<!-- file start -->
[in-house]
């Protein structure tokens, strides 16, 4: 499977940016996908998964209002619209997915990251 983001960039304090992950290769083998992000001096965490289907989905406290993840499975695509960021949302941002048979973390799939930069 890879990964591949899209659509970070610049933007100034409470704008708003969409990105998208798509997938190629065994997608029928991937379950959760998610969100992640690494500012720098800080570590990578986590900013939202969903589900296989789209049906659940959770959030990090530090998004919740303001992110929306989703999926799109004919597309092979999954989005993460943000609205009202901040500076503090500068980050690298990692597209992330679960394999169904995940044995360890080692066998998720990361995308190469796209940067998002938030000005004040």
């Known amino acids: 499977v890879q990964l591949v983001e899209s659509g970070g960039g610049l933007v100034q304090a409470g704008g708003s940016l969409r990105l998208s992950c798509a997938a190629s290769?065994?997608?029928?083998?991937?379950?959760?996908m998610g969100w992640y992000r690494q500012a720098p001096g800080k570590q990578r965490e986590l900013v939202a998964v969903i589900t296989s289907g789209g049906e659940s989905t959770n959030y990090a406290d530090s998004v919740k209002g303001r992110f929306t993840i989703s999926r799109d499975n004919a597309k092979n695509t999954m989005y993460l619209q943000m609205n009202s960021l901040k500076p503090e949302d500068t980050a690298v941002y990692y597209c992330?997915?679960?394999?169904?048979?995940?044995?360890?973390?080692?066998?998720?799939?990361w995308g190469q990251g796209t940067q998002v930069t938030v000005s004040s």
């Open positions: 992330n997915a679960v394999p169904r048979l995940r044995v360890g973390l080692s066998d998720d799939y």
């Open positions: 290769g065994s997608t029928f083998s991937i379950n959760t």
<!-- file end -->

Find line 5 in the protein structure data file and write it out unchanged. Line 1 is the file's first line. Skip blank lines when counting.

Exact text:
């Open positions: 290769g065994s997608t029928f083998s991937i379950n959760t």